Author Archives: Hektoen International


Walter Charleton (1619–1707)

Walter Charleton. Via Wikimedia. Walter Charleton was primarily a polymath but also a distinguished medical man. He read widely; wrote on religion, physics, physiology, psychology, geology, zoology, and botany; and is the listed author of thirty printed books and four manuscripts.1 One of his biographers mentions, without further comment, that the future physician made a […]

Body Scan 2023

Dome Witt Calgary, Alberta, Canada   After being injured in a collision, the artist took to exploring the experience through a series of paintings. A CT scan taken before the repairing of the artist’s hip serves as the base of one of these paintings, entitled Body Scan 2023. Silver foil highlights fractures in the artist’s […]

Pierre Fauchard (1678–1761), dentistry’s founding father

Brody Fogleman Cristin Grant Harsh Jha Noel Brownlee Spartanburg, South Carolina, United States   Pierre Fauchard (1678–1761) Dr. Pierre Fauchard was a French surgeon and dentist who worked in Paris.1 He is widely accepted as the father of dentistry because of his many important contributions to the discipline and is particularly well-known for his work […]

Mrs. Dalloway and shell shock

Cristóbal S. Berry-Cabán Fort Liberty, North Carolina, United States   Shell shock. Upon suffering a head injury and the loss of his eardrum, this soldier developed shell shock and was put in the Sunshine Room at Chaumont Hospital, installed by the American Red Cross. The room contained absolute quiet, harmonious colors, and cheerful surroundings. Library […]

From poppy to morphine and heroin

JMS Pearce Hull, England   Among the remedies which it has pleased almighty God to give to man to relieve his sufferings, none is so universal and so efficacious as opium. – Thomas Sydenham, 1680   The controversial pharmaceutical company Farbenfabriken Bayer AG* had an important role in the development of morphine, heroin, and aspirin, […]

The Medical Inkling: R.E. Havard, C.S. Lewis, and J.R.R. Tolkien

Sarah O’Dell Irvine, California, United States   R.E. Havard and C.S. Lewis at The Trout Inn, Oxford, circa 1950s. Private collection. Used with permission of the Havard Family.  In a smoky back corner of an Oxford pub and the book-filled rooms of Magdalen College, the celebrated writing group known as the “Inklings” gathered, debated, and laughed […]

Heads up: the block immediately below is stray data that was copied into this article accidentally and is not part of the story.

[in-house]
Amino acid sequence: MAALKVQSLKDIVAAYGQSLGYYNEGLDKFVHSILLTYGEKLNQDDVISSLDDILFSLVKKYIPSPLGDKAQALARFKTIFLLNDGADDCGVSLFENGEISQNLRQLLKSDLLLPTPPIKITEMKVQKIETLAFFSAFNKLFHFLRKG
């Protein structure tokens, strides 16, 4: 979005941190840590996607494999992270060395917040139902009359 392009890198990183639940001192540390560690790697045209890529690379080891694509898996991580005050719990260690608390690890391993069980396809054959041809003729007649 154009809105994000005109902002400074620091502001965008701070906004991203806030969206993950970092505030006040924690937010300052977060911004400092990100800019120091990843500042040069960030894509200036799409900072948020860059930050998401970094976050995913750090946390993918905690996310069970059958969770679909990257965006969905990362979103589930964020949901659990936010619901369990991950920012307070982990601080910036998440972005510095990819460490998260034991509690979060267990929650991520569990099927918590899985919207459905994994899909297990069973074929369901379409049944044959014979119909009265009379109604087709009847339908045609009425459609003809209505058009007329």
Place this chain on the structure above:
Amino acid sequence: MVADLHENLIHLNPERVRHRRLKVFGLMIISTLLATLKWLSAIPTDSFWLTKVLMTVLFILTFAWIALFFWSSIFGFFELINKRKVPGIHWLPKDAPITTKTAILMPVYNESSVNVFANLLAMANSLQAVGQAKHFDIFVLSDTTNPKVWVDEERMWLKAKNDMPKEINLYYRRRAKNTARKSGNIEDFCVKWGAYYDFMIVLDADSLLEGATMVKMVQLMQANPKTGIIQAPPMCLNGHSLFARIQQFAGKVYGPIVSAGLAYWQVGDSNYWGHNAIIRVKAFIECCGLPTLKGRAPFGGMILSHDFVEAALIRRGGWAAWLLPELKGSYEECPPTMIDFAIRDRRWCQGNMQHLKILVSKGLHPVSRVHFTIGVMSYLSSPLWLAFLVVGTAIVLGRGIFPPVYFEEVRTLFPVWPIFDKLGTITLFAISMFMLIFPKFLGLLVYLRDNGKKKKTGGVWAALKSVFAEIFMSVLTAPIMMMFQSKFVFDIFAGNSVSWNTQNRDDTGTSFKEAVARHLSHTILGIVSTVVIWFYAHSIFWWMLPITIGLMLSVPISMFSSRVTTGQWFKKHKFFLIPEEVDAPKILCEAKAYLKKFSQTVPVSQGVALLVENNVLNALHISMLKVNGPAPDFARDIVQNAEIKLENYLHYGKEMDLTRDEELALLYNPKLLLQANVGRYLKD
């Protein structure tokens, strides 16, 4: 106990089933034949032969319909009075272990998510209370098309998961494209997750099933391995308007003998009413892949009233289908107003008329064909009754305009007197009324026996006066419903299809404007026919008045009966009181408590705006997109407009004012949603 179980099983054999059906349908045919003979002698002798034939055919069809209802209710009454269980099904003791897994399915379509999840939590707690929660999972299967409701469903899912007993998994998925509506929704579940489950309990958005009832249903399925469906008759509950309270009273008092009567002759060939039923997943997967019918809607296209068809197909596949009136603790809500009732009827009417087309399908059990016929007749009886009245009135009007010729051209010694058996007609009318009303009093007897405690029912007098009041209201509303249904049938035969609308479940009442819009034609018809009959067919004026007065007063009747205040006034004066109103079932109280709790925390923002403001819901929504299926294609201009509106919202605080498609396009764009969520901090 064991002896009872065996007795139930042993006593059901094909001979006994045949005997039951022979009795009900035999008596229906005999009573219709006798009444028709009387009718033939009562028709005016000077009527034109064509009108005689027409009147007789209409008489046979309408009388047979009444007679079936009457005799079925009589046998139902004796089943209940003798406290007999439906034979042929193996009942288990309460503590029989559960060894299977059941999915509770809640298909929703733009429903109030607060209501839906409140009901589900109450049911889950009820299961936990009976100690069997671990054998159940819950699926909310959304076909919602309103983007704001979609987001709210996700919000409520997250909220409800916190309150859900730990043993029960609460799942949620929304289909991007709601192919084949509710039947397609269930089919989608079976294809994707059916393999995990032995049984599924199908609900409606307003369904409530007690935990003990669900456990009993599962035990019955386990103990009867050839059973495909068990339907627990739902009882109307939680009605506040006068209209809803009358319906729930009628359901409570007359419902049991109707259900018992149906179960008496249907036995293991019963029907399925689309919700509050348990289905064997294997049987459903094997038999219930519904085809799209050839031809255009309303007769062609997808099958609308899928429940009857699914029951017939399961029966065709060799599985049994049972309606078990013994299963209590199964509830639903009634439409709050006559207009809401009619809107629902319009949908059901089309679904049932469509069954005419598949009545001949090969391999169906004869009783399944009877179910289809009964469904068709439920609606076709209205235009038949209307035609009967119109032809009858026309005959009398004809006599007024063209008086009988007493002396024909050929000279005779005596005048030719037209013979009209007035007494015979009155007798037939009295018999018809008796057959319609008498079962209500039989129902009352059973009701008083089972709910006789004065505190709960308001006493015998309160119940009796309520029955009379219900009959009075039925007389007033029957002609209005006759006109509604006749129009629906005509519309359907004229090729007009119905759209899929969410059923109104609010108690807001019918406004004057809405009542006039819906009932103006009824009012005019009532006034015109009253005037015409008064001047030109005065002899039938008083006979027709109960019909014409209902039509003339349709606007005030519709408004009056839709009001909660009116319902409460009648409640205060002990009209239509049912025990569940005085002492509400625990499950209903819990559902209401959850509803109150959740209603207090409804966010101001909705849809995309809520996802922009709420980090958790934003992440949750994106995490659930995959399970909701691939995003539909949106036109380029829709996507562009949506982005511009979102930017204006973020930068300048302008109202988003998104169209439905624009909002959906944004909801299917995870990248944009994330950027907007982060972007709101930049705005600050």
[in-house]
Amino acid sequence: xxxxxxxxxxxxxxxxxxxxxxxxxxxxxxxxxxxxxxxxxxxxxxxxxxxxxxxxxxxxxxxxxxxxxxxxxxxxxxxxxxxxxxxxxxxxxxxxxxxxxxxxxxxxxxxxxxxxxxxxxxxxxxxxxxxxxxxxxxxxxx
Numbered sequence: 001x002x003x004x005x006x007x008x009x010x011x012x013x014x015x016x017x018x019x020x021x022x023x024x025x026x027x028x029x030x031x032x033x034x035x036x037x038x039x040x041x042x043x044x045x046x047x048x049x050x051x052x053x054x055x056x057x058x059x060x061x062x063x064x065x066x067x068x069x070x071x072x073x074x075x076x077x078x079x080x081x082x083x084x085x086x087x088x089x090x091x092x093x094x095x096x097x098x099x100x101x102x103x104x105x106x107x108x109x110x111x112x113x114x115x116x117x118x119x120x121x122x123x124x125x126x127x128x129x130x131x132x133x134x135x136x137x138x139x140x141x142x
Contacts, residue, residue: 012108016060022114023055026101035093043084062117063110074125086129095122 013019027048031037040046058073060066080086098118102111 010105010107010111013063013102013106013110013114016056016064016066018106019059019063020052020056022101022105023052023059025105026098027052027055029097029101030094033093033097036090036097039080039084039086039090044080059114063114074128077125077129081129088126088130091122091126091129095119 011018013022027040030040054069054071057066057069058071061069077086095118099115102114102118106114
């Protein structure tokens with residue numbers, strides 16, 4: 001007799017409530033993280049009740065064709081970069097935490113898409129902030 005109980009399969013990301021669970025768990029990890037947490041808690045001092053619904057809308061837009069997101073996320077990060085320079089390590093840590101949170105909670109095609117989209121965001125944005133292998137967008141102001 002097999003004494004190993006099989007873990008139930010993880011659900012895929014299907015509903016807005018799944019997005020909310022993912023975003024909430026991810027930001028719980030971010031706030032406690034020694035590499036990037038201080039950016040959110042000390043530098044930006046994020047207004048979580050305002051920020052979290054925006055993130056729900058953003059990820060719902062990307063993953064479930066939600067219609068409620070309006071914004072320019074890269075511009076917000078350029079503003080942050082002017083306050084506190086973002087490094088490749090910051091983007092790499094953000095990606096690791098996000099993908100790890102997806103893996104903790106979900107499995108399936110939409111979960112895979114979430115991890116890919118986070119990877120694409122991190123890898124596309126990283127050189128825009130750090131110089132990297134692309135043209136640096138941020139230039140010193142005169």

Memento mori in medicine

Stephanie Jiang Toronto, Ontario, Canada   Dance of Death. Leaf by Michael Wolgemut from The Nuremberg Chronicle, 1493. Metropolitan Museum of Art. It is easy to believe that humankind’s greatest fear is death. From our humble beginnings to now modern-day society, we have learned that Death will always chase us. Few professions explore our mortality […]

Psychopathological aspects of the war in Ukraine

Sergei Jargin Moscow, Russia   Euromaidan, Kiev, April 2015. Paranoid leaders can remain in positions of great power in nations that lack appropriate checks and balances.1 This is particularly likely in one-party states where mass intimidation and imposed homogeneity of thinking prevail and where everyone conforms with the ruling party. Grave consequences can occur when […]

Haff disease: We don’t know all of it

Howard Fischer Uppsala, Sweden   Dish of crawdads. Photo by Justin Watt via Wikimedia. CC BY 3.0. “It was an unbelievably sad thing to watch. Strong men being carried from their fishing boats to their homes—completely stiff and utterly helpless.” – Witness to 1924 disease outbreak   In the history of medicine there are examples […]

John Huxham (1694–1768)

John Huxham. Thomas Reynell c. 1756. Via Wikimedia. To be remembered for almost 300 years after practicing medicine in an English provincial town is no mean feat. This is particularly so considering that John Huxham made no significant advances in medicine other than describing the epidemics affecting his hometown and for supposedly introducing the term […]